We begin in childhood when everything we see, hear, touch. smell and taste is an endless source of fascination. As we age, most people lose a good portion of their curiosity. I believe that writers keep their ability to relate to the world--the who, what, where, when and why of life and bring that to the page.


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Friday, August 23, 2013


     Why do some professions lend themselves to fictional heroes?
Others are thought to harbor villains. Several give us an easy or sympathetic victim. Royalty is chock full of victims and villains--Shakespeare's live on. Politicians? Many more villains than heroes. Perhaps we'd better stay away from politicians unless we intend writing a detective novel that features the Father of our Country.
     Most of John Gresham's lawyers are role models and professors can be exciting and even sexy--think of Harrison Ford chasing after the Holy Grail. But stay away from Colin Dexter's Oxford and a few of the professors who teach there. Those intellectuals keep Inspectors Morse and Lewis busy solving their crimes.
     There is the crusading newspaper reporter--our hero and his opposite--the gossip columnist who wrecks havoc with lives and careers. And what about doctors? In real life and most television shows we are filled with admiration and usually follow everything prescribed but in fiction? A doctor often falls off the pedestal he or she is placed on. And victims--Susan Isaacs in Compromising Positions used Dr. Fleckstine, a dentist, as a victim. Lawence Olivier as Dr. Christain Szell--a dentist, Nazi and former SS Officer made a splendid villain. I'm sure many movie patrons lived with hours of pain before keeping their dental appointments. I've never read about a fictional dentist as hero--fellow writers the character is all yours.


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Wednesday, August 14, 2013


     Grew up in Inwood in NYC where Manhattan was bought from the Indians who thought they were just sharing. The neighborhood was mixed--descendants of immigrants from Russia, Germany, Greece and Ireland and I decided that someday I would visit the places where my friends grandparents had once lived. In 2005, my husband and I took a trip to Ireland.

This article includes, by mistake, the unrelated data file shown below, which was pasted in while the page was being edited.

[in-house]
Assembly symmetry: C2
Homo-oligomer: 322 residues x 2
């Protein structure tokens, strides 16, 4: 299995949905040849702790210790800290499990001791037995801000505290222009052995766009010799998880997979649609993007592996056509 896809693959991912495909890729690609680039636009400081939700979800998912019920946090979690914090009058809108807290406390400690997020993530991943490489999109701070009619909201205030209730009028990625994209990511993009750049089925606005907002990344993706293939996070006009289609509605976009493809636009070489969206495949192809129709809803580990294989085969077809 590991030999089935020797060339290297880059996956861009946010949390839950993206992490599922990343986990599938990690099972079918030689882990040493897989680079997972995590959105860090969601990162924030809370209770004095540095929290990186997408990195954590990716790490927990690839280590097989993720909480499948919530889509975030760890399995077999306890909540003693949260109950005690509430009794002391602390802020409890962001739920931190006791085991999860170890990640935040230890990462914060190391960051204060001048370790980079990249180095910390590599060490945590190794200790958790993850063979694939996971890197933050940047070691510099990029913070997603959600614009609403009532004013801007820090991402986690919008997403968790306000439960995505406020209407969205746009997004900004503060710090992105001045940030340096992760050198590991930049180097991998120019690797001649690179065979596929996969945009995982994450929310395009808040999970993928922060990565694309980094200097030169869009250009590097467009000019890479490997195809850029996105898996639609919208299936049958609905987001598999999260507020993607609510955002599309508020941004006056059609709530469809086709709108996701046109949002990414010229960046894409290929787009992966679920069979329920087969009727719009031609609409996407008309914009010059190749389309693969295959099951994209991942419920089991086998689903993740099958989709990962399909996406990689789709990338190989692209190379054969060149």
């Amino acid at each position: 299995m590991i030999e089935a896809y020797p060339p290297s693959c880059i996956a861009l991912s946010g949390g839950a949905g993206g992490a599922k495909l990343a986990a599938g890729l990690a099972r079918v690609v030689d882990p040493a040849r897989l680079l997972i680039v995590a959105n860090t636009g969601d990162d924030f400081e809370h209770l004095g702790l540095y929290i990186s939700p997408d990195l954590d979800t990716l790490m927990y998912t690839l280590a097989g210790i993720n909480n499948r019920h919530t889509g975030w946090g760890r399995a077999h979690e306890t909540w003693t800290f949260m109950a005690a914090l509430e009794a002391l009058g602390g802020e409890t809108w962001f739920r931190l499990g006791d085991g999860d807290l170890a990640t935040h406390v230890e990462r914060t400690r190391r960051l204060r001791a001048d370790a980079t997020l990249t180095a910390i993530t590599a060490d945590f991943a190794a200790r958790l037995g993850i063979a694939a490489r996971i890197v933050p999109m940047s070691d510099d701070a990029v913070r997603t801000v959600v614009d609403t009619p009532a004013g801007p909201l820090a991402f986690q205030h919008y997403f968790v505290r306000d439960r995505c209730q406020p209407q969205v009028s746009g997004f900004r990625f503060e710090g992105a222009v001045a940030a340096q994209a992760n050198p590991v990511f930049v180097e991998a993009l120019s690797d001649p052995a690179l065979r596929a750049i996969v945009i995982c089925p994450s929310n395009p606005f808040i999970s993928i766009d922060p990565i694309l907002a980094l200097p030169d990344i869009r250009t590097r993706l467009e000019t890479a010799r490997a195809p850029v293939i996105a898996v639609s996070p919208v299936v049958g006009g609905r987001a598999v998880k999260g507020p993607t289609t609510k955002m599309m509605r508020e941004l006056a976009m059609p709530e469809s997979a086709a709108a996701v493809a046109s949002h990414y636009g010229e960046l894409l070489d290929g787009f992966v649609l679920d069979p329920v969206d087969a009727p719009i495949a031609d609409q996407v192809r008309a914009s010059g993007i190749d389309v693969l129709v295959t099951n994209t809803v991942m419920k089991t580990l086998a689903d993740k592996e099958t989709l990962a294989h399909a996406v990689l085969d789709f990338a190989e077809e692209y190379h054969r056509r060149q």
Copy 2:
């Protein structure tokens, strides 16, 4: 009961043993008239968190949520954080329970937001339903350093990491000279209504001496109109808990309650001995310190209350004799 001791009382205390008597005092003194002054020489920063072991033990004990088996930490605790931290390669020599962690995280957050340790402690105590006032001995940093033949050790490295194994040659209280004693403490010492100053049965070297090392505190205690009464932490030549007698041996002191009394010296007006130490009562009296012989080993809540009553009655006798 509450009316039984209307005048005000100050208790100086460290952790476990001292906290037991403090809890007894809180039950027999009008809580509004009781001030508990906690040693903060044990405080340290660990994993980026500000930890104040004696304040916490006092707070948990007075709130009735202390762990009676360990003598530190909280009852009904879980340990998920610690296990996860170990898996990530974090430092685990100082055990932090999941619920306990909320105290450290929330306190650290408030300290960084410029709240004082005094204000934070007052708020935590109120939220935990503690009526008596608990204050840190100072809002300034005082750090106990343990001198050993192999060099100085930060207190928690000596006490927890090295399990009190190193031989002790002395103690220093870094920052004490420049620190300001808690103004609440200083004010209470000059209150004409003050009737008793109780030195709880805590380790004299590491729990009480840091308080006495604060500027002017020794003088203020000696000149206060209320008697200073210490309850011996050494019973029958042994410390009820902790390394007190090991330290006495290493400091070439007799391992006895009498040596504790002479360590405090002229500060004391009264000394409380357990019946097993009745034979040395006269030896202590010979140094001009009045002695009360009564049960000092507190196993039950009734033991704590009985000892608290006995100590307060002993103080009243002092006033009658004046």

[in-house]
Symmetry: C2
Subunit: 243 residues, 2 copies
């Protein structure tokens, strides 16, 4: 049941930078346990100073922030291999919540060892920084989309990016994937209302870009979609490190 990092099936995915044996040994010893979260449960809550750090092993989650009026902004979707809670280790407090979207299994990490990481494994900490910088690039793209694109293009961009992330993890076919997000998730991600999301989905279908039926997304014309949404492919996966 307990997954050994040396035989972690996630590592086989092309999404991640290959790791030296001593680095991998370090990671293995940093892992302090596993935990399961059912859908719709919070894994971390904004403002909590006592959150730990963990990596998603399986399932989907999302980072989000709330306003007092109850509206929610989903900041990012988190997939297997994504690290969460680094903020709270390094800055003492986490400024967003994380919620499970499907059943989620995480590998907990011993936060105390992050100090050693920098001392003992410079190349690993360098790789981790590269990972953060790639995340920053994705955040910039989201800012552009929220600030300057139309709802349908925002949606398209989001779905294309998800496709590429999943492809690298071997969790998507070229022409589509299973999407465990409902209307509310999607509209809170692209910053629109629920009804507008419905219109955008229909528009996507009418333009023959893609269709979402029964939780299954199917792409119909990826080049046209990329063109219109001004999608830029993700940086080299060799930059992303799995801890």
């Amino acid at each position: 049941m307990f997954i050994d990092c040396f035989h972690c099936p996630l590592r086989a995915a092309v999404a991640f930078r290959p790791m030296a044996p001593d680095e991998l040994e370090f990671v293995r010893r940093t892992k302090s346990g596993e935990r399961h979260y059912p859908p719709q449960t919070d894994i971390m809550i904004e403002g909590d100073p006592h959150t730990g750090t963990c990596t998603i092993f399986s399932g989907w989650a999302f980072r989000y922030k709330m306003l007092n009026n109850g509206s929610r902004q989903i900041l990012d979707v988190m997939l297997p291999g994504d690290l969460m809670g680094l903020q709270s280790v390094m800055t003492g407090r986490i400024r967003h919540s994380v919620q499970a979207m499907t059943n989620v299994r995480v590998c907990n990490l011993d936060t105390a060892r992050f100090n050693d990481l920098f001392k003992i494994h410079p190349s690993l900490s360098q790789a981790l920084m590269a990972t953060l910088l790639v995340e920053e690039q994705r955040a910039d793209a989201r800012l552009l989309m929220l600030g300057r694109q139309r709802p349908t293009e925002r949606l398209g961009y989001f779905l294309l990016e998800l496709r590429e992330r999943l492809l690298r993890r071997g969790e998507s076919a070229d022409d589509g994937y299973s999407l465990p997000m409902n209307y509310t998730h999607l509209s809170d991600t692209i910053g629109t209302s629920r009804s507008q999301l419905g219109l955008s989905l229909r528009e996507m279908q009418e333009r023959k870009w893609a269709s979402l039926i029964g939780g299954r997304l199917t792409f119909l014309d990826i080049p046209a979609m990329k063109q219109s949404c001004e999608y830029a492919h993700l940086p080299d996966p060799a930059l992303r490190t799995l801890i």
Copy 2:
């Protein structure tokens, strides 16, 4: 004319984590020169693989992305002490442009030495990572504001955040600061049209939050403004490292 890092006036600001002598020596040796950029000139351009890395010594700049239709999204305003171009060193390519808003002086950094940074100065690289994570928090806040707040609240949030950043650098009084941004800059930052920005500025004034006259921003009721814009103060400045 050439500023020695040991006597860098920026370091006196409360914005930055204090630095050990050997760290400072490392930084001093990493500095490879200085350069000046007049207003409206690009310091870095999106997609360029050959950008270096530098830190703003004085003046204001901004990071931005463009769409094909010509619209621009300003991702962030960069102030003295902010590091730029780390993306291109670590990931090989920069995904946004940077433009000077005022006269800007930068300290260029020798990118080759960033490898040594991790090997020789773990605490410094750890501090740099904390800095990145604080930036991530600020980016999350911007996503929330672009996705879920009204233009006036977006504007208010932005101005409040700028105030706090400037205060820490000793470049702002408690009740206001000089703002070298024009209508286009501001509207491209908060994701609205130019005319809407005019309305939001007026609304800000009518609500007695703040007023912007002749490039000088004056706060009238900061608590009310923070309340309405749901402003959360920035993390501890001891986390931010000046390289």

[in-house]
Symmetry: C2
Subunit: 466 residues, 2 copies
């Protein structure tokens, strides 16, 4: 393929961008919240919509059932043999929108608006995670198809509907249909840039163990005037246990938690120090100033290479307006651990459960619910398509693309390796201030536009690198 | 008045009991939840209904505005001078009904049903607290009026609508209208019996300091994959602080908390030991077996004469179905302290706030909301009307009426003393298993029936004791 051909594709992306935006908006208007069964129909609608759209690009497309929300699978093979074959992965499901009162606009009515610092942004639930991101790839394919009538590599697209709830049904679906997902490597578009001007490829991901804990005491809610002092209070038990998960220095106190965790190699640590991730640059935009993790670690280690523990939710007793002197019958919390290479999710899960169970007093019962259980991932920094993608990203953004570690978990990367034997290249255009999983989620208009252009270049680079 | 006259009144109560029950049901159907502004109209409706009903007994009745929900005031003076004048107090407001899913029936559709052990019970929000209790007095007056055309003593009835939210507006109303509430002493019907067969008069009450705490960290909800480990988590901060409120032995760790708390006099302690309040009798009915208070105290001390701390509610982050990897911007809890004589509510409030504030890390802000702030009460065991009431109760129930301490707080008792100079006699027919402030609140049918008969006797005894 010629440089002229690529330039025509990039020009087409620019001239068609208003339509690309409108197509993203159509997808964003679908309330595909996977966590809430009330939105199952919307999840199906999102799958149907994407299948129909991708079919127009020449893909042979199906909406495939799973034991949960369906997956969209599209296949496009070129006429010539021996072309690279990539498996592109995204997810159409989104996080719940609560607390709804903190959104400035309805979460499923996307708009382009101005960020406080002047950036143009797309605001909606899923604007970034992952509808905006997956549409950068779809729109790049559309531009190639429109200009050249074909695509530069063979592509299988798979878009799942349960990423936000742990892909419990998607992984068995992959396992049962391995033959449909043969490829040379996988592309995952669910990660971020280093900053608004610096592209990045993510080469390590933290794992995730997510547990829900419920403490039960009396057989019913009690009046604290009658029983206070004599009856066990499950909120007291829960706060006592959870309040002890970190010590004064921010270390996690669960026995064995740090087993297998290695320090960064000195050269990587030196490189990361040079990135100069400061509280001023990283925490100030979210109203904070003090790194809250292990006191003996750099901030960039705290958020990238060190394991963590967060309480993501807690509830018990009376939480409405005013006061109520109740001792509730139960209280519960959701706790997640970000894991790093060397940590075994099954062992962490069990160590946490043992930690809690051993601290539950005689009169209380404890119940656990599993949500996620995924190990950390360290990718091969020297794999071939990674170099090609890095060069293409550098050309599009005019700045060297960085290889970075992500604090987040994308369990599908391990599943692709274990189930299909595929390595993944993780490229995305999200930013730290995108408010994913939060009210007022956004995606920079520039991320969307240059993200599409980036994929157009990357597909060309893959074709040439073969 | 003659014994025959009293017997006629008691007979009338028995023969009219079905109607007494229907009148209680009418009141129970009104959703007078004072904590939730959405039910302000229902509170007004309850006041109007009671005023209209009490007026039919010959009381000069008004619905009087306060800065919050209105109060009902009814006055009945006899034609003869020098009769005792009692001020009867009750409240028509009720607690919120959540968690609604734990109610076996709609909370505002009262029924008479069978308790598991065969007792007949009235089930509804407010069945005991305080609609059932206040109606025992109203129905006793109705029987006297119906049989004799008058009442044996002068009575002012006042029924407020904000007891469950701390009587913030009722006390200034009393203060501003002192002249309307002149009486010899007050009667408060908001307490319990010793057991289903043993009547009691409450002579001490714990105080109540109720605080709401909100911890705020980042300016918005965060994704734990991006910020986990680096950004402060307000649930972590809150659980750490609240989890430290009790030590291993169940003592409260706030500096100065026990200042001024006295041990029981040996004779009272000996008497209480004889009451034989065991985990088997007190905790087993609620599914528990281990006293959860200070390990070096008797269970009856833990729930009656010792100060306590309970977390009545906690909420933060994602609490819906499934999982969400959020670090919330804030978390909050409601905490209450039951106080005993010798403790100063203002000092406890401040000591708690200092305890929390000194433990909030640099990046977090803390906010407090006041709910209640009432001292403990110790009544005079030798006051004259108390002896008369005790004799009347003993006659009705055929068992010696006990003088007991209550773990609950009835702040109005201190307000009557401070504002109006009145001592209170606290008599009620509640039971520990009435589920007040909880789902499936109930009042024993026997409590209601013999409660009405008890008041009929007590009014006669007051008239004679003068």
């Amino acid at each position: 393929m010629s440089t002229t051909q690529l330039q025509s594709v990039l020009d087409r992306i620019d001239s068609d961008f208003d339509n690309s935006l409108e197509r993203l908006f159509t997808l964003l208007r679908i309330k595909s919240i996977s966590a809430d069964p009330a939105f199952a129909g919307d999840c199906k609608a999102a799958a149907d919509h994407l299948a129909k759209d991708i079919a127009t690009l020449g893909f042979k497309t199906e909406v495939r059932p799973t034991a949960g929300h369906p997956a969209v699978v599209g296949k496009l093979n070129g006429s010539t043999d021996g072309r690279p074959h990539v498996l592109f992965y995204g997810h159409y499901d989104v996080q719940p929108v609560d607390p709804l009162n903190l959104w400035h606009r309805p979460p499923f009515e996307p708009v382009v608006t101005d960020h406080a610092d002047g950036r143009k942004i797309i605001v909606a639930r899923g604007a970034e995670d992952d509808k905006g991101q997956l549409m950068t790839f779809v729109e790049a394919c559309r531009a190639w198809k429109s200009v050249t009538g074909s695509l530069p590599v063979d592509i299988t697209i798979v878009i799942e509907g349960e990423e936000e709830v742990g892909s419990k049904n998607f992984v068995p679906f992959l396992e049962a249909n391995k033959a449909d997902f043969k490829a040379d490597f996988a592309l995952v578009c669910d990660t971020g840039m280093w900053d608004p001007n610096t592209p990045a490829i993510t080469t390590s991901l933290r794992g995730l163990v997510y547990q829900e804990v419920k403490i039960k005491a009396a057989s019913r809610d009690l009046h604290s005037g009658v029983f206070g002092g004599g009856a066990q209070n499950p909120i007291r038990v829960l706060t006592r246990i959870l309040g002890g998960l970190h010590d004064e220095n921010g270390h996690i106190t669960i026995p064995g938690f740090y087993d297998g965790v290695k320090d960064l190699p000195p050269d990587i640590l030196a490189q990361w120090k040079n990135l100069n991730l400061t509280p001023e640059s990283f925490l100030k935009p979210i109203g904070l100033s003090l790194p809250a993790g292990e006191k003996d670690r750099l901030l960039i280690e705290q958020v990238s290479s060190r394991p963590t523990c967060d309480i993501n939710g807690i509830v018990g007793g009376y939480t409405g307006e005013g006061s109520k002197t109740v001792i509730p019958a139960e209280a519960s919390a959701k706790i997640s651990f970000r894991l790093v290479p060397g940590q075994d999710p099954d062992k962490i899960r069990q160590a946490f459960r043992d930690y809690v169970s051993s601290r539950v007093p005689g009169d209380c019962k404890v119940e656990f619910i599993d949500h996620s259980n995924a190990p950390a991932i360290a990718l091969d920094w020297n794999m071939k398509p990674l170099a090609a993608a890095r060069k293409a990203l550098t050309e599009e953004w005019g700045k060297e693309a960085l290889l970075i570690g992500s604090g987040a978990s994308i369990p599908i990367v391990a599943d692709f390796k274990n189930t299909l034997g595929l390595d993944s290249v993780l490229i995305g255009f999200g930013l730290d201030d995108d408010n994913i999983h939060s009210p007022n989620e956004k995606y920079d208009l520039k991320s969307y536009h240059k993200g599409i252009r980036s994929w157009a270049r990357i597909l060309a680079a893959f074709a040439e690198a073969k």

The town of Ennis--the home base for the tour,  grew around the friary in the heart of County Claire. The 13th century friary has many sculptures and there's a walk along a sculpture trail. From Ennis we went west to the lofty, 650-foot-high Cliffs of Moher--the highest in Europe and a nesting site for thousands of seabirds. Below  the billowing ocean presents a spectacular picture. A walk along the coast introduces us to a limestone landscape called the Burren with white, deeply crevassed limestone that's hospitable to semi-tropical and arctic vegetation growing in close proximity .
     No visit to Ireland is complete without a stop at Blarney with its famous castle. One hundred and twenty seven steps up a tower is the Blarney Stone. Legend tells us that anyone who manages to lean backward and kiss the stone will receive the gift of Blarney--a smooth, endearing way with words. Almost impossible to resist is a shopping trip to the Blarney Woolen Mills--I've used my sweater whenever the cold hits our city.
     Cobb is on our agenda--the port where many an Irish immigrant looking to make a new home in the new world embarked in the late 19th and early 20th centuries. It was also the last port of call for the Titanic and the Lusitania.
     Travel along the coast of the Iveragh Peninsula is a visual adventure combining oceans, coasts, mountains and the ever changing weather and light with a long pause in Kells to see Ireland's Border Collies working at a sheep farm.

                                                SHEEP TO THE LEFT
                                                SHEEP TO THE RIGHT
                                                WHEREVER WE LOOK
                                                 THERE'S A SHEEP IN SIGHT
       One of our last stops is Tralee and the Kerry County Museum--a living history museum that explores life from 7,000-years ago, the Mesolithic hunters and fishermen, and later settler including Celts and early Christians. We end our journey in Dublin. We walk along the same streets as Joyce and Yeats, see the Book of Kells and take in a show at the Abbey Theatre. Of course, no trip is complete without a walk along the River Liffey.

Do you enjoy travel?